The former vice-chancellor of the University of Adelaide inappropriately touched, hugged and kissed two female employees in unwanted and unwelcome sexual behaviour that showed "egregious disrespect", South Australia's corruption watchdog says.
Peter Rathjen's actions have been investigated following complaints over the incident in April last year, with Independent Commissioner Against Corruption Bruce Lander also looking at the university's handling of the affair.
In a statement issued on Wednesday, Mr Lander said he had accepted the two women as "witnesses of truth" and had rejected Mr Rathjen's evidence where he sought to disagree with their account or minimise his conduct.
"The vice-chancellor engaged in conduct that was entirely inappropriate by treating the women with egregious disrespect," the commissioner said.
"It was all the worse having regard to his position within the university and the two women's relative positions in the university.
"I have found, contrary to the evidence given by Professor Rathjen, that his conduct was sexual in nature and advertised by him to the women as sexual."
Mr Lander said the former vice-chancellor had also lied to university chancellor Kevin Scarce and in evidence to his inquiry.
Prof Rathjen had denied also being under investigation for historical claims of sexual harassment or abuse of a female post-graduate student while he was an academic at the University of Melbourne.
"I have found that the vice-chancellor lied to the chancellor because he knew, if he told the chancellor the truth, that he was subject to investigation in relation to a previous claim of sexual misconduct it would jeopardise his tenure at the University of Adelaide," the commissioner said.
He said Prof Rathjen similarly denied, in evidence, any such conduct with the woman.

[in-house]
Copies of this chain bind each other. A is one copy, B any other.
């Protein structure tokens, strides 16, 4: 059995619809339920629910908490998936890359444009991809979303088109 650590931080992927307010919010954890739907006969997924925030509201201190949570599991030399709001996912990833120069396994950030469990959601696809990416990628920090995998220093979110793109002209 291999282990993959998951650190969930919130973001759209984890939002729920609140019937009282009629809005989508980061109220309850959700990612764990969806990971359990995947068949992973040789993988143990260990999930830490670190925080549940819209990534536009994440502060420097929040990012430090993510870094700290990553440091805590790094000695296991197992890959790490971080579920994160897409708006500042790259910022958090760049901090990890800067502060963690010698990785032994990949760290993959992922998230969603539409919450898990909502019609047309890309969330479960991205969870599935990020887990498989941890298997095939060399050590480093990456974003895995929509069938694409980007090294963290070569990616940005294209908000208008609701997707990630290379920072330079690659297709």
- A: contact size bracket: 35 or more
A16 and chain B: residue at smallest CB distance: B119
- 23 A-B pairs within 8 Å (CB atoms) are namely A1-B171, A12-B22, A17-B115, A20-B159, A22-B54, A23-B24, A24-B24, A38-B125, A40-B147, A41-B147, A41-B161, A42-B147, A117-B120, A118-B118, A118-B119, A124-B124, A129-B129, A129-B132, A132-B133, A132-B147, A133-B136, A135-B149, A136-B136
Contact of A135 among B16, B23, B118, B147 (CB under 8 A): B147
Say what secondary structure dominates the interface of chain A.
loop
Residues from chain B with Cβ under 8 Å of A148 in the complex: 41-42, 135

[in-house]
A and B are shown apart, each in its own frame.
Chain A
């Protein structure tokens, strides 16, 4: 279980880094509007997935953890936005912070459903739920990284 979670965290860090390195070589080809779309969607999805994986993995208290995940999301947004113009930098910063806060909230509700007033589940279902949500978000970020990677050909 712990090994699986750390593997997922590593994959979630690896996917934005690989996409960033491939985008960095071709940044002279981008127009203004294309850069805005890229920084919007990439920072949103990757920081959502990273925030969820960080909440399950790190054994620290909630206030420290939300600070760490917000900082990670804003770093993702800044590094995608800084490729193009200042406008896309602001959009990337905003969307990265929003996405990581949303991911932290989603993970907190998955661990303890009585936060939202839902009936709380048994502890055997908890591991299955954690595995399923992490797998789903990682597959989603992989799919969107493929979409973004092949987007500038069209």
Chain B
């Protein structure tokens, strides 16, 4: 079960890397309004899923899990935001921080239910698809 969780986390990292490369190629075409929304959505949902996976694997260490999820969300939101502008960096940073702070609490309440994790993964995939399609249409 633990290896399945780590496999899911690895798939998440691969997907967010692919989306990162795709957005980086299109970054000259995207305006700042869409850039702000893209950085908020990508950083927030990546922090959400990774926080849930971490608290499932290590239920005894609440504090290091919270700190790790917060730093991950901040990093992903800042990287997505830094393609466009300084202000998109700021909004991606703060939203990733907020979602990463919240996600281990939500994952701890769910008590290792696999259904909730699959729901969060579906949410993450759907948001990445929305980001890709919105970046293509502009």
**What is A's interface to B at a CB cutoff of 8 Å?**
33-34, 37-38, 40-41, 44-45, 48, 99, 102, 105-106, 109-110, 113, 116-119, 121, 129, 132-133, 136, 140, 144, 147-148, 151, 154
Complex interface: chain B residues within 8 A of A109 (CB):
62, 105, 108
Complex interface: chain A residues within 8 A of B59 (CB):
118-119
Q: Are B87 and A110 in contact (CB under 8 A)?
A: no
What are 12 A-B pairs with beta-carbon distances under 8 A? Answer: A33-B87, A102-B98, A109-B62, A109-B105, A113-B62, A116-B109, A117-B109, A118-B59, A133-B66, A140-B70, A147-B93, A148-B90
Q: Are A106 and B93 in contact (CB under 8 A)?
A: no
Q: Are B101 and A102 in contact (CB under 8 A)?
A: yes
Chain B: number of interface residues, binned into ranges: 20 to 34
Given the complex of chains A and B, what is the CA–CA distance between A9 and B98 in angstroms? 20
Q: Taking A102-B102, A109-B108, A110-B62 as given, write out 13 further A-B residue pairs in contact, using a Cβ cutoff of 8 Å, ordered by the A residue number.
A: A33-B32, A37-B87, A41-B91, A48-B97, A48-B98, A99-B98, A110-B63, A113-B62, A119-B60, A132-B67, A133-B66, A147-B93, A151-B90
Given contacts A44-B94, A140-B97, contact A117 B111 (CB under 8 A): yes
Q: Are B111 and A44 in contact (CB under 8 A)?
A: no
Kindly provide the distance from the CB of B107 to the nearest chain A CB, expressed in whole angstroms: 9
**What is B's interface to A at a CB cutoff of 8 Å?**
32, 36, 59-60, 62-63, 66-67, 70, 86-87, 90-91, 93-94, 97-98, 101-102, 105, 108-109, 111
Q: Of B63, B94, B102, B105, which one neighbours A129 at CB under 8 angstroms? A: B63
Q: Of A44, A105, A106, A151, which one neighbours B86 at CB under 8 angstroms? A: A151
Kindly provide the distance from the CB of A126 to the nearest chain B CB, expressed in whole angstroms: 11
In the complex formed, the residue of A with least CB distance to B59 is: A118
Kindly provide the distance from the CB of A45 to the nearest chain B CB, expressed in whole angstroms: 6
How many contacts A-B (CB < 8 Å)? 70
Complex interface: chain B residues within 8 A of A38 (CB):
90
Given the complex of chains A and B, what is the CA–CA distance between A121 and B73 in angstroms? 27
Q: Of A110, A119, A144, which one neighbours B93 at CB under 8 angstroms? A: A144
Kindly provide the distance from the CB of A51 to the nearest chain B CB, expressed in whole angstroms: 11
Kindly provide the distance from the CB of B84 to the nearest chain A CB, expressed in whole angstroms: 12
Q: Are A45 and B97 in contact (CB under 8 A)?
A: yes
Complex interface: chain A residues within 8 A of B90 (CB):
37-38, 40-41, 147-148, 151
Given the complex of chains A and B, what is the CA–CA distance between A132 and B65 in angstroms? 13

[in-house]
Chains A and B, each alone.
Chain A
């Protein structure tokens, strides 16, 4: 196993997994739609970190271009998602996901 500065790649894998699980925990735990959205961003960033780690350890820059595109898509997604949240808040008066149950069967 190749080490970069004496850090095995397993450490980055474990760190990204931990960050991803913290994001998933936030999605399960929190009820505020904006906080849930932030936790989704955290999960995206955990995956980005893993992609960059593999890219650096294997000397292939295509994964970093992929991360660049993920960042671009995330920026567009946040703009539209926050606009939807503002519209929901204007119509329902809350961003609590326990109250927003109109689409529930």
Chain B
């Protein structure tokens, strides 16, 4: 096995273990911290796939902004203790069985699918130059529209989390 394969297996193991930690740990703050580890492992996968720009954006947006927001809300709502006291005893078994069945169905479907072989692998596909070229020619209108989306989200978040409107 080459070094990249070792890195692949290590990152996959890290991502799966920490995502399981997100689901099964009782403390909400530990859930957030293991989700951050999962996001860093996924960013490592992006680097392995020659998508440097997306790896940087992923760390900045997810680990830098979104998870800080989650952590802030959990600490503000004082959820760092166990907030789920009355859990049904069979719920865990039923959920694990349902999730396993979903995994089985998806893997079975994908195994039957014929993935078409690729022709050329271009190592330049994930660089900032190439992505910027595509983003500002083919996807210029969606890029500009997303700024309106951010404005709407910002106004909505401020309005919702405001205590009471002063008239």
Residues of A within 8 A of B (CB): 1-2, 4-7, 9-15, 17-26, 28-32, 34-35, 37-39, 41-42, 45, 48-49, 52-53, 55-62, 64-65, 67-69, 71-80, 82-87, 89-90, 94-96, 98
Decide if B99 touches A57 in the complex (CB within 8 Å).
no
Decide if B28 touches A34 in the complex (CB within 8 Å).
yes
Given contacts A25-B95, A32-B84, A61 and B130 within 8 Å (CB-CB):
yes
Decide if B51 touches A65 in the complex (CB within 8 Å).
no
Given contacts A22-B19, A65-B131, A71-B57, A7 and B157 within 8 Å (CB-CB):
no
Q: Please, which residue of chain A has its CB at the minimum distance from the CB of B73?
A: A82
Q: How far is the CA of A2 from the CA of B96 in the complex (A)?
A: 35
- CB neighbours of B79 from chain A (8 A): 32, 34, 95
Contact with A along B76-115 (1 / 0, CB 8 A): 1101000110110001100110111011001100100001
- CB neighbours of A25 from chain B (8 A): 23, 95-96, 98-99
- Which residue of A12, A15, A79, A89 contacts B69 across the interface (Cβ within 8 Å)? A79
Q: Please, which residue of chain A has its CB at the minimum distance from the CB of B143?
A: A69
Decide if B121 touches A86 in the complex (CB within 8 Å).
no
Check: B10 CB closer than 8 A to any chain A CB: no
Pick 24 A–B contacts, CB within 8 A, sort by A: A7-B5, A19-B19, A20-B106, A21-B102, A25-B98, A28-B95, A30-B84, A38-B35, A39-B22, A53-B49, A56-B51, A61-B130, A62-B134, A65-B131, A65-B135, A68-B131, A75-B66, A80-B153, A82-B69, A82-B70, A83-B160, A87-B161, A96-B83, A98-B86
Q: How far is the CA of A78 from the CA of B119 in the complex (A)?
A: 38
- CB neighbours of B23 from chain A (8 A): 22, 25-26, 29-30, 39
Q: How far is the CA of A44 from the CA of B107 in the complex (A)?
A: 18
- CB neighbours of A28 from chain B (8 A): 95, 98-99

"Later in his evidence when it became clear to him that information had been provided to me that would establish that answer to be false, he admitted that he had engaged in that conduct," Mr Lander said..
"He said that he lied to protect the woman involved, but I do not believe him."
The day after giving evidence to the ICAC, Prof Rathjen resigned his university post.
Mr Lander also criticised university management for not referring the original complaints from the two women to the University Council, its governing body, and for moves against Mr Scarce over his failure to take such action.
He said Mr Scarce was presented with a fait accompli that he either quit or face being stood down.
"I do not think that the chancellor should have been put in the position in which he was put," Mr Lander said.
"I do not think my investigation could have embarrassed him or the university such that he needed to resign. However, he elected to put the University's interests above his own by resigning."
The commissioner found that Mr Scarce had been entitled to act on external legal advice the university had obtained.
Mr Lander said apart from the former vice-chancellor, none of the university's public officers, including the chancellor, engaged in misconduct or maladministration as defined in the ICAC Act.
Australian Associated Press